Causes of progressive supranuclear palsy

Causes of progressive supranuclear palsy

The cause of progressive supranuclear palsy is unknown.

Radiologic and pathologic evidence indicates that a multi-infarct state can cause a picture identical to progressive supranuclear palsy.

Idiopathic progressive supranuclear palsy is pathologically characterized by marked neuronal cell loss in subcortical structures, such as the nucleus basalis of Meynert, pallidum, STN, SN, locus ceruleus, and superior colliculi.

Other pathologic features include neurofibrillary tangles, granulovacuolar degeneration, and gliosis.

Atrophy, generalized or focal (midbrain or cerebellum), is the most common neuroradiologic finding in idiopathic progressive supranuclear palsy.

Because of disproportionate atrophy of the dorsal midbrain compared to the pons, the sagittal view of magnetic resonance imaging (MRI) often gives the appearance of a “penguin” or “hummingbird,” and these “birds of progressive supranuclear palsy” are characteristic radiological features.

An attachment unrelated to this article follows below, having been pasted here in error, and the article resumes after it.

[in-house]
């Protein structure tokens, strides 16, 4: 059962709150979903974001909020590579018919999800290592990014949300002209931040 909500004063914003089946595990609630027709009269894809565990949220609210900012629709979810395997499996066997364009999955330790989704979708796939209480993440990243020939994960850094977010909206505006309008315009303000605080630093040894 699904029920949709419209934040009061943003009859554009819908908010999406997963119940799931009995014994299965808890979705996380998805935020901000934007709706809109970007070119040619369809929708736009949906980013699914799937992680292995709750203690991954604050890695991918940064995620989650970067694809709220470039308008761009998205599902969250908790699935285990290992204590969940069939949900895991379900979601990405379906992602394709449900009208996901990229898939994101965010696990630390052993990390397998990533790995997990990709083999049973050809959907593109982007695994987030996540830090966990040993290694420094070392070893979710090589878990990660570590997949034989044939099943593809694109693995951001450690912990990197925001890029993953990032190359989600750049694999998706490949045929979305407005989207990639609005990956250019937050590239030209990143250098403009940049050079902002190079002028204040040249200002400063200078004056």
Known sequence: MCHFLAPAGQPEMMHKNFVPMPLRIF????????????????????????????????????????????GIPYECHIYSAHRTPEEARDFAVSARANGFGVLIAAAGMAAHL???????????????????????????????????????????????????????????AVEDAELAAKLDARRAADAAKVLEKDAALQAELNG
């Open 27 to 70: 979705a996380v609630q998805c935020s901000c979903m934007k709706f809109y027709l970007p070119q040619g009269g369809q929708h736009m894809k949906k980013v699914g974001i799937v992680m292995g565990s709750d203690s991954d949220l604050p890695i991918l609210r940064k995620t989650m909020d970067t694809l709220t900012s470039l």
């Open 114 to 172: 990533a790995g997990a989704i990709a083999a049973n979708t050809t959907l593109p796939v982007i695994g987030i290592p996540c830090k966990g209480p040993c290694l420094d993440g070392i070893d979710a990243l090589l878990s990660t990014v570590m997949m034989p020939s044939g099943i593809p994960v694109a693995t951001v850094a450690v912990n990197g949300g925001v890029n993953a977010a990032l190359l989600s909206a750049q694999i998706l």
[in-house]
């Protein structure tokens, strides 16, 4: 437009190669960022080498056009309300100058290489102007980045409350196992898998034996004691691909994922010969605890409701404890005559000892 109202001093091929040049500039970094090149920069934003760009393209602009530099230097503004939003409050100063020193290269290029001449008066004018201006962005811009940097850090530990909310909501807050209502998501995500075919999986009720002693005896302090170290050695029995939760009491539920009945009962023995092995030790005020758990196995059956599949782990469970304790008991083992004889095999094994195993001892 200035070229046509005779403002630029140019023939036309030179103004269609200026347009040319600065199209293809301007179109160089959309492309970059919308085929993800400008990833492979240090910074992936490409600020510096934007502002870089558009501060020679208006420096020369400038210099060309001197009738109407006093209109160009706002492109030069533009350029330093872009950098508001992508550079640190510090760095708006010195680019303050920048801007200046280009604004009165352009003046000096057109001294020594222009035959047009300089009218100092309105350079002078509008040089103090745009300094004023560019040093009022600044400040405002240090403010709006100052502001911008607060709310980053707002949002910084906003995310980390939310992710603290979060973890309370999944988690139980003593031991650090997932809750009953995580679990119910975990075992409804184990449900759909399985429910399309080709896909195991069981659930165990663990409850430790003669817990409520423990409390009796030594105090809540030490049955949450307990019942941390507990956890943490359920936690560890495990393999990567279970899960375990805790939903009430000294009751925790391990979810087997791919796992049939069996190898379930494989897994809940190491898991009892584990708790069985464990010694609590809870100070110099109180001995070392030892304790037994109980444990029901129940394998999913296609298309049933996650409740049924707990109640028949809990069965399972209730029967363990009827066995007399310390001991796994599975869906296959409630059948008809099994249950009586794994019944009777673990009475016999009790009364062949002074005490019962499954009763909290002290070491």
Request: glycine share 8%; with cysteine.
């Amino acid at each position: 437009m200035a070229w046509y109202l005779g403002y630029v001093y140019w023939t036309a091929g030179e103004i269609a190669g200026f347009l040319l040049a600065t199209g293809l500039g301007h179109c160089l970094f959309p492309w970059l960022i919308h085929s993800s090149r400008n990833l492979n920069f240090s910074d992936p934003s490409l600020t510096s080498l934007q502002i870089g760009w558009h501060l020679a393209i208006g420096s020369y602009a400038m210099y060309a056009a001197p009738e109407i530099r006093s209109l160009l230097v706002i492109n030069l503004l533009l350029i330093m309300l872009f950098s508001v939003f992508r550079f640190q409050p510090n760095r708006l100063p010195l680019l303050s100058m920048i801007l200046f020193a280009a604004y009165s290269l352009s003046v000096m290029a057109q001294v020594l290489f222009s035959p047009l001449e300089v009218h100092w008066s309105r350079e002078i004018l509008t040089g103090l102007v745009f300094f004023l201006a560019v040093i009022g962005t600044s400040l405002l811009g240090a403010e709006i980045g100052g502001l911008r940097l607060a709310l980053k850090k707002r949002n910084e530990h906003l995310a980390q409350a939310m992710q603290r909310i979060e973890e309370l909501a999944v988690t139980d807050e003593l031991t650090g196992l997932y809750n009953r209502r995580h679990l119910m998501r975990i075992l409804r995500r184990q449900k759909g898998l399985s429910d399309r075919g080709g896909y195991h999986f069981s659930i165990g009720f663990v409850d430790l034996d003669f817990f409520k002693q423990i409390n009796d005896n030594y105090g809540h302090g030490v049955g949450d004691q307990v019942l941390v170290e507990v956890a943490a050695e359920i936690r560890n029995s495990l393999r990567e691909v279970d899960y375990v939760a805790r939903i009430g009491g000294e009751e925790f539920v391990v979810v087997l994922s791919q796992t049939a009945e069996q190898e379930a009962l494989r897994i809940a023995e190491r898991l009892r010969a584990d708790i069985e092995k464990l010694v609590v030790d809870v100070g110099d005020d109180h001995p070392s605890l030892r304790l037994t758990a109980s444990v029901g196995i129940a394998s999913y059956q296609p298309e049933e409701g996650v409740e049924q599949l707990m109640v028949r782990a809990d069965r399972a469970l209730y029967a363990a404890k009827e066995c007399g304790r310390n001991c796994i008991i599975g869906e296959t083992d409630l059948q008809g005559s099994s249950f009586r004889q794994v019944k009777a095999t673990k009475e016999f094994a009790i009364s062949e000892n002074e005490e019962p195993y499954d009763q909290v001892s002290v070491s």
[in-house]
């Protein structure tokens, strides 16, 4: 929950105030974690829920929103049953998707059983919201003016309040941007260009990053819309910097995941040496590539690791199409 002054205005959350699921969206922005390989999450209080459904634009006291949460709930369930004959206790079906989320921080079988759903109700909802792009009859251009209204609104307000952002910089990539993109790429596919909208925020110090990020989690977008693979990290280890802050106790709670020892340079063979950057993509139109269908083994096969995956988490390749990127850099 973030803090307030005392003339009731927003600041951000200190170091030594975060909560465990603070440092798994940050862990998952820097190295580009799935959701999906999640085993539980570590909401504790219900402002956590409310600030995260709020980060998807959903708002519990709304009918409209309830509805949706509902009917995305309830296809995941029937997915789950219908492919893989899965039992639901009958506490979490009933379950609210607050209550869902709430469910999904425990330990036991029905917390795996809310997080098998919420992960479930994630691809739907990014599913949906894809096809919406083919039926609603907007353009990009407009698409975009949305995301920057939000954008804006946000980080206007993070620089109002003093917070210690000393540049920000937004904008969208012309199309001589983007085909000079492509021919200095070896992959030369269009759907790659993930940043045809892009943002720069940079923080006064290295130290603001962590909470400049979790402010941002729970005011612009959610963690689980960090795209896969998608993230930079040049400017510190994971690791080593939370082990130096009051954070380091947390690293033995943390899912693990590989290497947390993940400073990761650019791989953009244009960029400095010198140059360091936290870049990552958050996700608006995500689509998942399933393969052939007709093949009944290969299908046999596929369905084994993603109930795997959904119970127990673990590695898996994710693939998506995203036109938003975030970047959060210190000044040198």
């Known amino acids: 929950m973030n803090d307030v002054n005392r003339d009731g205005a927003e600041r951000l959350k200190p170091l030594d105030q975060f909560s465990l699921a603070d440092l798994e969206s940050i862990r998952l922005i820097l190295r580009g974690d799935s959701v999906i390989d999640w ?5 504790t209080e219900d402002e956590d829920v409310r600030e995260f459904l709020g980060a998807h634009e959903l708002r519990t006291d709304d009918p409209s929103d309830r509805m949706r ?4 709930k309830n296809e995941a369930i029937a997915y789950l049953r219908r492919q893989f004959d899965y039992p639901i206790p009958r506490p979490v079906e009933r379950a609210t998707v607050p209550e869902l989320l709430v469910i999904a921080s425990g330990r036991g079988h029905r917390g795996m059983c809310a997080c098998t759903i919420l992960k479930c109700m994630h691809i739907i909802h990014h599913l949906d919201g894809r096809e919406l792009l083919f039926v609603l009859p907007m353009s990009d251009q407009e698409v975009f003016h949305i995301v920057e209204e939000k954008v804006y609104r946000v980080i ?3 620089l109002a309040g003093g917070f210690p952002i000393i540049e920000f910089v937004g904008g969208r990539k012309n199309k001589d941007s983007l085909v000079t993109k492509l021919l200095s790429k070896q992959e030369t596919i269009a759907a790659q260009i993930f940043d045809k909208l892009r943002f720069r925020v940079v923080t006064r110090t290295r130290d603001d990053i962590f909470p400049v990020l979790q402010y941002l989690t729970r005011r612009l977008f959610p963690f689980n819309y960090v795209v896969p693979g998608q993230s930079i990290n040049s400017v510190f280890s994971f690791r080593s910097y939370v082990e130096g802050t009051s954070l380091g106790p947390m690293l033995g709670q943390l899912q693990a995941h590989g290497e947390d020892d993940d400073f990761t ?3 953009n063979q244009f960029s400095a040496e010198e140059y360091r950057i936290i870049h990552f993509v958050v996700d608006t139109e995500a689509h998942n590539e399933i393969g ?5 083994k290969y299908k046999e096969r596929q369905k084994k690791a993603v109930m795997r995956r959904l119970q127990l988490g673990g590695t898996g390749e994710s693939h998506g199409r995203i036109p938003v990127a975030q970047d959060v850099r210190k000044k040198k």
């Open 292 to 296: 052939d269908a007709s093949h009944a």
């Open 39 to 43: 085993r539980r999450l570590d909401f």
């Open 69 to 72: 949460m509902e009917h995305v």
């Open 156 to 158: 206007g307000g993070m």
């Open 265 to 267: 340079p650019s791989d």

However, up to 25% of the patients with progressive supranuclear palsy have no abnormality on computed tomography and/or MRI of the brain.

Growing evidence suggests linkage disequilibrium between a progressive supranuclear palsy gene and allelic variants of the tau gene.

progressive supranuclear palsy is classified as a form of tauopathy.

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